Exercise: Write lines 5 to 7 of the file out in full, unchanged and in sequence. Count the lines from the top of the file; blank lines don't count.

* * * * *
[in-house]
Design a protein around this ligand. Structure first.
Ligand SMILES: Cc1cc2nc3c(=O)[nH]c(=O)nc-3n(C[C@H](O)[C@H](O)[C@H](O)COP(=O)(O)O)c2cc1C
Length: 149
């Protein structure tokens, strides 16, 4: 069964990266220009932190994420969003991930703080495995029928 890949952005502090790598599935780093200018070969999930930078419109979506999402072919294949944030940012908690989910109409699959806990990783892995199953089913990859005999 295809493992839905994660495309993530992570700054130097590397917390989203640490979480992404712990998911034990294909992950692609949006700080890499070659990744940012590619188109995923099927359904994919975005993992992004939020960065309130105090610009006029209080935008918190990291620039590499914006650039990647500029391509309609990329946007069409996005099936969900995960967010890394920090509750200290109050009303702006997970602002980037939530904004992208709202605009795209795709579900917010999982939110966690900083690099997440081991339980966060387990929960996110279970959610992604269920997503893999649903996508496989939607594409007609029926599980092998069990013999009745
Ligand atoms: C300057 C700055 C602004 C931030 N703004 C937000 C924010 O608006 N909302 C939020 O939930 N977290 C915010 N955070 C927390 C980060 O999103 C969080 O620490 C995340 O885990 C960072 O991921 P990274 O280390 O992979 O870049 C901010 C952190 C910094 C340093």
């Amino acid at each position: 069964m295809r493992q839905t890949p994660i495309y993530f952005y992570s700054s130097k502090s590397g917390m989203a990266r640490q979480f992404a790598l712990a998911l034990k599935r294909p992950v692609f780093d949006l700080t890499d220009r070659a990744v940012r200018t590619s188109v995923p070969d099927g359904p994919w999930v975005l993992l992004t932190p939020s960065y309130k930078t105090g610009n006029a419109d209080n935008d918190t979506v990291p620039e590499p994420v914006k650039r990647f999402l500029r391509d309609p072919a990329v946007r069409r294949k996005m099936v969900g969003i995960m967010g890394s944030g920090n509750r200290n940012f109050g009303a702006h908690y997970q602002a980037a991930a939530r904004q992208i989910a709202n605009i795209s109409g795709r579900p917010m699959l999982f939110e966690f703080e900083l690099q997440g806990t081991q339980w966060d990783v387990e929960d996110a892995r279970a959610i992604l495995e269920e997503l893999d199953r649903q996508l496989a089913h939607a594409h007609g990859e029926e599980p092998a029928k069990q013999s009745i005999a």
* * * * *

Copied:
């Protein structure tokens, strides 16, 4: 069964990266220009932190994420969003991930703080495995029928 890949952005502090790598599935780093200018070969999930930078419109979506999402072919294949944030940012908690989910109409699959806990990783892995199953089913990859005999 295809493992839905994660495309993530992570700054130097590397917390989203640490979480992404712990998911034990294909992950692609949006700080890499070659990744940012590619188109995923099927359904994919975005993992992004939020960065309130105090610009006029209080935008918190990291620039590499914006650039990647500029391509309609990329946007069409996005099936969900995960967010890394920090509750200290109050009303702006997970602002980037939530904004992208709202605009795209795709579900917010999982939110966690900083690099997440081991339980966060387990929960996110279970959610992604269920997503893999649903996508496989939607594409007609029926599980092998069990013999009745
Ligand atoms: C300057 C700055 C602004 C931030 N703004 C937000 C924010 O608006 N909302 C939020 O939930 N977290 C915010 N955070 C927390 C980060 O999103 C969080 O620490 C995340 O885990 C960072 O991921 P990274 O280390 O992979 O870049 C901010 C952190 C910094 C340093």
């Amino acid at each position: 069964m295809r493992q839905t890949p994660i495309y993530f952005y992570s700054s130097k502090s590397g917390m989203a990266r640490q979480f992404a790598l712990a998911l034990k599935r294909p992950v692609f780093d949006l700080t890499d220009r070659a990744v940012r200018t590619s188109v995923p070969d099927g359904p994919w999930v975005l993992l992004t932190p939020s960065y309130k930078t105090g610009n006029a419109d209080n935008d918190t979506v990291p620039e590499p994420v914006k650039r990647f999402l500029r391509d309609p072919a990329v946007r069409r294949k996005m099936v969900g969003i995960m967010g890394s944030g920090n509750r200290n940012f109050g009303a702006h908690y997970q602002a980037a991930a939530r904004q992208i989910a709202n605009i795209s109409g795709r579900p917010m699959l999982f939110e966690f703080e900083l690099q997440g806990t081991q339980w966060d990783v387990e929960d996110a892995r279970a959610i992604l495995e269920e997503l893999d199953r649903q996508l496989a089913h939607a594409h007609g990859e029926e599980p092998a029928k069990q013999s009745i005999a």